Long-time white-tailed deer study a training ground for young researchers
Winter in Indiana: if you're not in the woods trying to catch a deer, you're on the road trying to avoid them.
Rusty Gonser, professor of biology, has been conducting research since 1998 into the white-tailed deer's genetic variations and bottlenecks from hunting controls. Gonser's primary interest is conservation of species due to habitat loss or fragmentation—a problem that affects the area's deer, and once led to their scarcity in Indiana long ago.
It was estimated that when the European settlers came to America, there were 12 million deer across North America. By 1900, the estimate was reduced to 100-500,000 deer across North America.
Habitat destruction and unregulated hunting led to a number of species' extinction. The deer began to return to Indiana when Teddy Roosevelt began conservation efforts in 1900s, restricting hunting to "antler-deer" and establishing state parks and reserves. Agricultural improvements and vegetation in subdivisions also aided the migration of white-tailed deer back to Indiana. By 1996, the deer population reached 26.5 million—more than twice what it was before European settlers.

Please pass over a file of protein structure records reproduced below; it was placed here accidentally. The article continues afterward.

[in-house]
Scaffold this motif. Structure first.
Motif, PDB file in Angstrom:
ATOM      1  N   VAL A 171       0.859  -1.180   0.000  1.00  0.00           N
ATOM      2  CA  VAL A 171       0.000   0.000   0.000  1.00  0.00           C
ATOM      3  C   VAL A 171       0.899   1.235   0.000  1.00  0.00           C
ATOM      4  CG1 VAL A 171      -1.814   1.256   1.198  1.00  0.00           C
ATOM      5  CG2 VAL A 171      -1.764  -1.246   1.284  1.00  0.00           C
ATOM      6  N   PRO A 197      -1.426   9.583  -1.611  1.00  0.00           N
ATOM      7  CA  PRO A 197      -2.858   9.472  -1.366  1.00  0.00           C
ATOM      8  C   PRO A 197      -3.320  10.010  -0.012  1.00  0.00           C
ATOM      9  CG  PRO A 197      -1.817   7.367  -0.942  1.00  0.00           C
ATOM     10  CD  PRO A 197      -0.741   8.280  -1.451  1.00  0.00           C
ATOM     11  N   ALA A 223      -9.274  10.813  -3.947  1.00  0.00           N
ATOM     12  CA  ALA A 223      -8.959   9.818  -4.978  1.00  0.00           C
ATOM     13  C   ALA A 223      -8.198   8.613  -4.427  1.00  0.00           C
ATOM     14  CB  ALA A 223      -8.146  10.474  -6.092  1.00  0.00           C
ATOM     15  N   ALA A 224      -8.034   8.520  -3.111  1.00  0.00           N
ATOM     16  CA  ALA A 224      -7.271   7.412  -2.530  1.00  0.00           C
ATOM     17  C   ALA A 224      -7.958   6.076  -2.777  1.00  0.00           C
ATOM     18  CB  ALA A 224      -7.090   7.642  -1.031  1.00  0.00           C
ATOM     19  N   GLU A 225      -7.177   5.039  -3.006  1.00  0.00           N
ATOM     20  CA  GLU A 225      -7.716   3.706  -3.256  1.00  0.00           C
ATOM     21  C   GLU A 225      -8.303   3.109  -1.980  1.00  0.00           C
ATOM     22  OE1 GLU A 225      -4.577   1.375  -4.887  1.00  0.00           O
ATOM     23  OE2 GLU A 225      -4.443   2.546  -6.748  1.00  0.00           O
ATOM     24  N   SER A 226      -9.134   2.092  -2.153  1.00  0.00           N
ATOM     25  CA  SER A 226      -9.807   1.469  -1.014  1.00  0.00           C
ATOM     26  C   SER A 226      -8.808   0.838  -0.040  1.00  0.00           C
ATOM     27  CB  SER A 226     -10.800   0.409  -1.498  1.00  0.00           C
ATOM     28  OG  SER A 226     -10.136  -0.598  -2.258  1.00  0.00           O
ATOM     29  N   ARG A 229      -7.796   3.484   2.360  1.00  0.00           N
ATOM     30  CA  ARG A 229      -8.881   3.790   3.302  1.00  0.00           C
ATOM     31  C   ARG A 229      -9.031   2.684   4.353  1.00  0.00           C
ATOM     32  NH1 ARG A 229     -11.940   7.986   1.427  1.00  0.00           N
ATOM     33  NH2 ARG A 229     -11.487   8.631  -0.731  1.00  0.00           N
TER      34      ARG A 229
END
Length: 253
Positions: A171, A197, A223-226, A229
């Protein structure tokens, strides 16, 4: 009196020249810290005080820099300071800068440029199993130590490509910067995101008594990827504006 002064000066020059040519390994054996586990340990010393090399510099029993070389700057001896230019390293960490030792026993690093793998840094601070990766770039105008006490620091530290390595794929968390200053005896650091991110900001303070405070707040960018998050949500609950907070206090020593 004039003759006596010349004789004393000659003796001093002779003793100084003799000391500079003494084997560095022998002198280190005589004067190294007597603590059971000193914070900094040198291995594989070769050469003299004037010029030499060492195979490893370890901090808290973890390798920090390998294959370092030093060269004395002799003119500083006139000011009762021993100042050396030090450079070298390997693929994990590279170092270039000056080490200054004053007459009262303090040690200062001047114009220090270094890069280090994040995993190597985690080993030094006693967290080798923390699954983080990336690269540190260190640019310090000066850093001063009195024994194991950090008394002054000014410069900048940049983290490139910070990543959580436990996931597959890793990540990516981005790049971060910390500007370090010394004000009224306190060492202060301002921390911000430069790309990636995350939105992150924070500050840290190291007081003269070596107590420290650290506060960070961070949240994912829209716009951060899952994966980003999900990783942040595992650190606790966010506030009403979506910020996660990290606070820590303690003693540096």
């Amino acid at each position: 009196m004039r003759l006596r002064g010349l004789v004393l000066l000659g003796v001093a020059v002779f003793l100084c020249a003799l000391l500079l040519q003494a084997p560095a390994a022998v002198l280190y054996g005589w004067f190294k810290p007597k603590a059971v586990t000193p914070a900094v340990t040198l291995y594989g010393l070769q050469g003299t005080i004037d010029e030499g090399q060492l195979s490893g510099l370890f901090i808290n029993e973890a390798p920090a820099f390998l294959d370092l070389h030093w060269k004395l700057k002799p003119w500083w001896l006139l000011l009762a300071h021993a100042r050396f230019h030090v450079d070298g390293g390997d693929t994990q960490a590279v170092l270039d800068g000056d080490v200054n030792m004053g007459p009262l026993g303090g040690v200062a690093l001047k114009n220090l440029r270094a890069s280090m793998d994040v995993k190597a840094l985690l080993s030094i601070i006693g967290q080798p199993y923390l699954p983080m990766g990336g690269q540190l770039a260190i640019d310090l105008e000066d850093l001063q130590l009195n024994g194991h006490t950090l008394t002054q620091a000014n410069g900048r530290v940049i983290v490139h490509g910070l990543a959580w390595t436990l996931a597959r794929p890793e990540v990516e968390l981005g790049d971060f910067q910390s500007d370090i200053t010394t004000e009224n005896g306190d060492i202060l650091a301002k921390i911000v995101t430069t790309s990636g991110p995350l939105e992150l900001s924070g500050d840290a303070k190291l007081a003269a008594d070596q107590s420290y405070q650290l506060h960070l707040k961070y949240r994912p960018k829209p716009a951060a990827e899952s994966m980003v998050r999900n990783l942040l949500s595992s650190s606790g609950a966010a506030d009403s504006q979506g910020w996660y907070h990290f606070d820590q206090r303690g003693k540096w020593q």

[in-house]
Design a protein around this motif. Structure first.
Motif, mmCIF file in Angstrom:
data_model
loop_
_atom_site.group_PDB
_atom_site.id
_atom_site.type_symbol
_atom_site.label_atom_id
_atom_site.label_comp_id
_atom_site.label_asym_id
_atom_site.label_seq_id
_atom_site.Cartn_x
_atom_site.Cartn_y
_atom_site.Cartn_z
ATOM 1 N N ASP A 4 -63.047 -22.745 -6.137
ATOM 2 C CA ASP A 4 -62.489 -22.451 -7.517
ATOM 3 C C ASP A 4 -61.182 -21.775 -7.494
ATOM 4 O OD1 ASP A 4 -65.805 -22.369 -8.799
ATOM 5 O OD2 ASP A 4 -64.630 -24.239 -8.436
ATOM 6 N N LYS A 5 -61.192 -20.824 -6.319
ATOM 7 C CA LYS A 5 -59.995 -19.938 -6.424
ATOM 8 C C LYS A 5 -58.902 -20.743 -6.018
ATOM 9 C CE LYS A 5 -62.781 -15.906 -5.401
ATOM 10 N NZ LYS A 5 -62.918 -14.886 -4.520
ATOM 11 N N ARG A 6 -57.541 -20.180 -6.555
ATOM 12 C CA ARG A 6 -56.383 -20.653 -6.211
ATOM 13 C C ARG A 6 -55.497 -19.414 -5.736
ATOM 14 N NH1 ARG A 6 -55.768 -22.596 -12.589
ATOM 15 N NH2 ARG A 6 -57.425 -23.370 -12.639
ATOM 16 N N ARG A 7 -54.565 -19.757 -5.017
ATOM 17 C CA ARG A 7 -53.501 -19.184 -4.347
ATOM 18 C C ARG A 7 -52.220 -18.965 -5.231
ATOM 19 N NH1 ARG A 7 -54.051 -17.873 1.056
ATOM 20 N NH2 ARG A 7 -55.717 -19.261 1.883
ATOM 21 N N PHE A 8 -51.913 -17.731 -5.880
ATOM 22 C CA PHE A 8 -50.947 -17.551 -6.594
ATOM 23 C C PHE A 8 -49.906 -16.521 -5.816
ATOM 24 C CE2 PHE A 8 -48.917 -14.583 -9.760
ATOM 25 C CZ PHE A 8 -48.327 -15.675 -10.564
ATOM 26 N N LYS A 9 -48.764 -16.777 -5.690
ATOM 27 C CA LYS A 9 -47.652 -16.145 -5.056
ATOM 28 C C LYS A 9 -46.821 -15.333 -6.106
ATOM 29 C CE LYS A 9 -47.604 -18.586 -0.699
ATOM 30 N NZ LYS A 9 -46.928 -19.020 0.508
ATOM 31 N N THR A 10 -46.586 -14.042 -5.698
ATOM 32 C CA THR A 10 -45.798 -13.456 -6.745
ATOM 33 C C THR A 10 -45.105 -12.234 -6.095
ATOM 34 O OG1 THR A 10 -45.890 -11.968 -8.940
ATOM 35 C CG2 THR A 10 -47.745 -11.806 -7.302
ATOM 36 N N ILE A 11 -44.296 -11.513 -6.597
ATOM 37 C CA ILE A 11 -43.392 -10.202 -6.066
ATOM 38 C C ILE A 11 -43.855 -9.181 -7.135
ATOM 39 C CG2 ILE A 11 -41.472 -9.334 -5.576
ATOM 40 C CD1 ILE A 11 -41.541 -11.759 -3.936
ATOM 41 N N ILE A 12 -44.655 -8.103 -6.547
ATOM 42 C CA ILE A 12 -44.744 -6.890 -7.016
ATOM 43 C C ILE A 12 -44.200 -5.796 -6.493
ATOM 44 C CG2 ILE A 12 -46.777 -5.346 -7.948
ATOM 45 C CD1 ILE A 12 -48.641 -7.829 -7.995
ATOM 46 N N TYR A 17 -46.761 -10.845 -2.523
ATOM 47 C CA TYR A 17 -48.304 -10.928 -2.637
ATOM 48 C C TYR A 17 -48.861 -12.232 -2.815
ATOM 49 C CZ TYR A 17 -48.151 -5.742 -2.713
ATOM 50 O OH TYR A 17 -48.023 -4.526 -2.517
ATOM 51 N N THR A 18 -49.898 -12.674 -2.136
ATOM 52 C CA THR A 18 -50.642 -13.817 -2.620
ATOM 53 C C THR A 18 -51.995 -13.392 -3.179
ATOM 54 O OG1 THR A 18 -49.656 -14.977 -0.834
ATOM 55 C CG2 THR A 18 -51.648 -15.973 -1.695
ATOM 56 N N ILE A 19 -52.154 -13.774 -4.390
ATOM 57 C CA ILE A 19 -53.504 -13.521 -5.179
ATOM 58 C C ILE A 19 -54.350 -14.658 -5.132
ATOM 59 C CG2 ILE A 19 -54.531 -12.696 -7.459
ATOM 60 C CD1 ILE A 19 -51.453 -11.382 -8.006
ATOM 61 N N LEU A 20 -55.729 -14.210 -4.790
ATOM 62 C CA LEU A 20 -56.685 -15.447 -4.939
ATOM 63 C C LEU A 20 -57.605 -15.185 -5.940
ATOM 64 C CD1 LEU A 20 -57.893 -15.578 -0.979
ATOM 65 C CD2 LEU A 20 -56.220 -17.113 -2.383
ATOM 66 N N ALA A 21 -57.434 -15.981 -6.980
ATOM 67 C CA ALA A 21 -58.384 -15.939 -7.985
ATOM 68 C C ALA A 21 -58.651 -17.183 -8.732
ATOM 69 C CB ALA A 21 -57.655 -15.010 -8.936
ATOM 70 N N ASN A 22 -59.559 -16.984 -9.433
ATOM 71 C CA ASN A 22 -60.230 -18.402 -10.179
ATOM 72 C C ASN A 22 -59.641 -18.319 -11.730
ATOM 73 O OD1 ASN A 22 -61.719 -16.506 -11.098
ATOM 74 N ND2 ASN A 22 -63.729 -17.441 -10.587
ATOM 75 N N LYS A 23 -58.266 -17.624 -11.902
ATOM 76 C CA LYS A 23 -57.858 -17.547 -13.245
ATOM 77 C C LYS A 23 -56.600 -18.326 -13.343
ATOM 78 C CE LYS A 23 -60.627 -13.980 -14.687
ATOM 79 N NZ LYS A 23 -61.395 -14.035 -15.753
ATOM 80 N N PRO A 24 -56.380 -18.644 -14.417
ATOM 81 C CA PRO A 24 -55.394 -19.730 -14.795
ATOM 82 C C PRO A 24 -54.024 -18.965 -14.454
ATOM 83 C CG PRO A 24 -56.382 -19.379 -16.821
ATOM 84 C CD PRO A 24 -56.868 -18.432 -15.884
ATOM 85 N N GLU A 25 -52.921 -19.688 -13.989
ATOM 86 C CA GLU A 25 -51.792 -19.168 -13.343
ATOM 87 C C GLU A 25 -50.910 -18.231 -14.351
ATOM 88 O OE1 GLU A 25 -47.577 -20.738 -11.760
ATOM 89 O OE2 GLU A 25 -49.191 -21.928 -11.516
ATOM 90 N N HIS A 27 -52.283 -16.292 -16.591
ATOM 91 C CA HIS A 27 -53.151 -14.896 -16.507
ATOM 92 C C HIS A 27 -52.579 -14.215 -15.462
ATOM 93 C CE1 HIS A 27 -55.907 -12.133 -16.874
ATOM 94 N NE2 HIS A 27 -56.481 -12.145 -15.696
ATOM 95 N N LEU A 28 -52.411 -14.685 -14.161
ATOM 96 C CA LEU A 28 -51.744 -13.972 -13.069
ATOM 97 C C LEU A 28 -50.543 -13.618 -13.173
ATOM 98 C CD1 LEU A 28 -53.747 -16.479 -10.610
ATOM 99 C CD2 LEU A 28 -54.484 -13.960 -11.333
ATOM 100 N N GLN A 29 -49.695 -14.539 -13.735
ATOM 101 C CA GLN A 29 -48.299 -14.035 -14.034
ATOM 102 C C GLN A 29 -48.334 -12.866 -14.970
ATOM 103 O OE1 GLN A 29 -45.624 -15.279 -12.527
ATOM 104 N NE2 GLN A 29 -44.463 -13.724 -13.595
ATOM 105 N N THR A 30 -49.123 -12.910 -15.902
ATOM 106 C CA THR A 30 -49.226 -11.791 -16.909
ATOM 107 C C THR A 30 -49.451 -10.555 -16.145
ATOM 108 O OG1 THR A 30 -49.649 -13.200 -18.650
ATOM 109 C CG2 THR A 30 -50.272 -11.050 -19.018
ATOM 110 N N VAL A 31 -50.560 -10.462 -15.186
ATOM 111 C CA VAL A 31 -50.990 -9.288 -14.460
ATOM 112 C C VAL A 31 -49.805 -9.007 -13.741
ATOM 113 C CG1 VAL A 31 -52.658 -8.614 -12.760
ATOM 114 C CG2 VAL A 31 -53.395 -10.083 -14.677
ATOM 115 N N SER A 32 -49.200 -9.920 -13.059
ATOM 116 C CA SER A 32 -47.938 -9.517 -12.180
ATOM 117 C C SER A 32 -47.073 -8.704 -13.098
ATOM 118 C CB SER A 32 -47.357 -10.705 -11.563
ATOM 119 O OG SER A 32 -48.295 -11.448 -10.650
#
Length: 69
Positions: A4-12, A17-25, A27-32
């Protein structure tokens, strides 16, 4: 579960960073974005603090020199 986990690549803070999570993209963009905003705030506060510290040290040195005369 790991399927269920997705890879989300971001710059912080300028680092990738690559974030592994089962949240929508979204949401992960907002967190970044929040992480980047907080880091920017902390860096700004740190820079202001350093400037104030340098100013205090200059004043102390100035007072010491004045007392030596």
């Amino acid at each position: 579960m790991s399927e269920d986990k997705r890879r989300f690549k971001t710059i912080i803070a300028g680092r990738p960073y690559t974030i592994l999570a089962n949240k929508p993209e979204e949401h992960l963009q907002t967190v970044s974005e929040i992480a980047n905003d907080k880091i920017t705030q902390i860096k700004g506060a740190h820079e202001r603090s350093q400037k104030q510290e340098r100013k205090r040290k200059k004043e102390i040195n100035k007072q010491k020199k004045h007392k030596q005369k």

"White-tailed deer may be the single most successful conservation effort in the history of the U.S.," Gonser said. Since the growth occurred and such a short time span, Gonser and others wonder how going "through the genetic bottleneck" impacted the population.